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What is the difference(s) between them?

 gen ::  (a -> a -> a ) -> a -> a 
 gen  f x   = f x

 gen ::  (a -> a ) -> a -> a 
 gen  f x   = f x

 gen ::  (a -> a -> a -> a ) -> a -> a 
 gen  f x   = f x

first one gives error : "cannot construct infinite ... "

second one is work

third one not work

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Is this homework? –  augustss Feb 27 '12 at 8:09
What's the difference? Why, you've written out the difference right there: the type signatures! –  Dan Burton Feb 27 '12 at 19:12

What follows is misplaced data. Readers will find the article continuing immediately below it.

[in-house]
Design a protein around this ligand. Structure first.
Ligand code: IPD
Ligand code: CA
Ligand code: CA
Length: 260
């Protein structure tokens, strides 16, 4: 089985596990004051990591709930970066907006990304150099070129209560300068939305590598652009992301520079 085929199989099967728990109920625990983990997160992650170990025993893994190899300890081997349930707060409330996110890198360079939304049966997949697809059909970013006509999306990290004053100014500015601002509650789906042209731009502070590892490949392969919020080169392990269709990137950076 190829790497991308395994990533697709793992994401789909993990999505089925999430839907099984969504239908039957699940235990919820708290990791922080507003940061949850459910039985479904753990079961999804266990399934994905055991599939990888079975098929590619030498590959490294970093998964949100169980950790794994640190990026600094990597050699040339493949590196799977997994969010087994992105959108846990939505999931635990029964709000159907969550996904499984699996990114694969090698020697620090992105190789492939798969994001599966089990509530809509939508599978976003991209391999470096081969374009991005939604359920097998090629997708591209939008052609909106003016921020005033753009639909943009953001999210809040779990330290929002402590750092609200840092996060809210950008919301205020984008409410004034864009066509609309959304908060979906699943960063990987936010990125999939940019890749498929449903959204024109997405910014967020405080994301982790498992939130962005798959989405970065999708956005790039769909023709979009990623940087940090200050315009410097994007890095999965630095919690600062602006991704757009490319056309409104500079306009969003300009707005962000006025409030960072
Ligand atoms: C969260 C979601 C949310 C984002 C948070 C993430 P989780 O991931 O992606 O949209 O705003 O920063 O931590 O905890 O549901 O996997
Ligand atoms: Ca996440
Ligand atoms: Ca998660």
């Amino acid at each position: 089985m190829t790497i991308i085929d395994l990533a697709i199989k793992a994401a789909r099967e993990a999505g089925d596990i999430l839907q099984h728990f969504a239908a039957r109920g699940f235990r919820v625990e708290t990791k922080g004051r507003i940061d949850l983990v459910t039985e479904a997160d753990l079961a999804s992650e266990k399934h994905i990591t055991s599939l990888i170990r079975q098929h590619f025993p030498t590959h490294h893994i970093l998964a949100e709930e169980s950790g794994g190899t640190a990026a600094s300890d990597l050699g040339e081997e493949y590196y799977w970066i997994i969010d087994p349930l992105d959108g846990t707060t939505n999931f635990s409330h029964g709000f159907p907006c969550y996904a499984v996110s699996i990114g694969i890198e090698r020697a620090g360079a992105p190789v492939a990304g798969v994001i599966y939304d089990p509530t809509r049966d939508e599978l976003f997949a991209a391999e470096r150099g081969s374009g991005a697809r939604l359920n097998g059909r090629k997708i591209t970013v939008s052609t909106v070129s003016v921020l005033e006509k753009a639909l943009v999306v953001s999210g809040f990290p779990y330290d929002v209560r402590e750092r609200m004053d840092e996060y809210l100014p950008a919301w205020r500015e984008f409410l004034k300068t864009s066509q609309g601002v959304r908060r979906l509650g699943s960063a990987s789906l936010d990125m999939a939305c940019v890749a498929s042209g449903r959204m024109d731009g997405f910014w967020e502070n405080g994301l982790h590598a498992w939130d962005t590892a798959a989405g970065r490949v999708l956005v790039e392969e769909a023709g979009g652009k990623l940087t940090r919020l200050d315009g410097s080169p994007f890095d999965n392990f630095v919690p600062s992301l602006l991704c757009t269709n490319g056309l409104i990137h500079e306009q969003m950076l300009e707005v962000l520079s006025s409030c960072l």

1 Answer 1

up vote 2 down vote accepted

Let's try to figure out the type of the first function: Imagine a is Int and f is normal addition. The second argument would be an Int. If you call e.g. gen (+) 3, the result is a function equivalent to (+3), which takes an Int and returns an Int. But your signature says that you just give back an Int.

So basically the compiler complains because it expects an a, and you give it an a->a, and there is no way to unify these types.

To fix it, you could either correct the signature, which would be gen :: (a -> a -> a ) -> a -> (a -> a), or to change the definition, e.g. gen f x = f x x

The second one is just a specialization of the identity function id :: t -> t.

The third one is similar to the first one.

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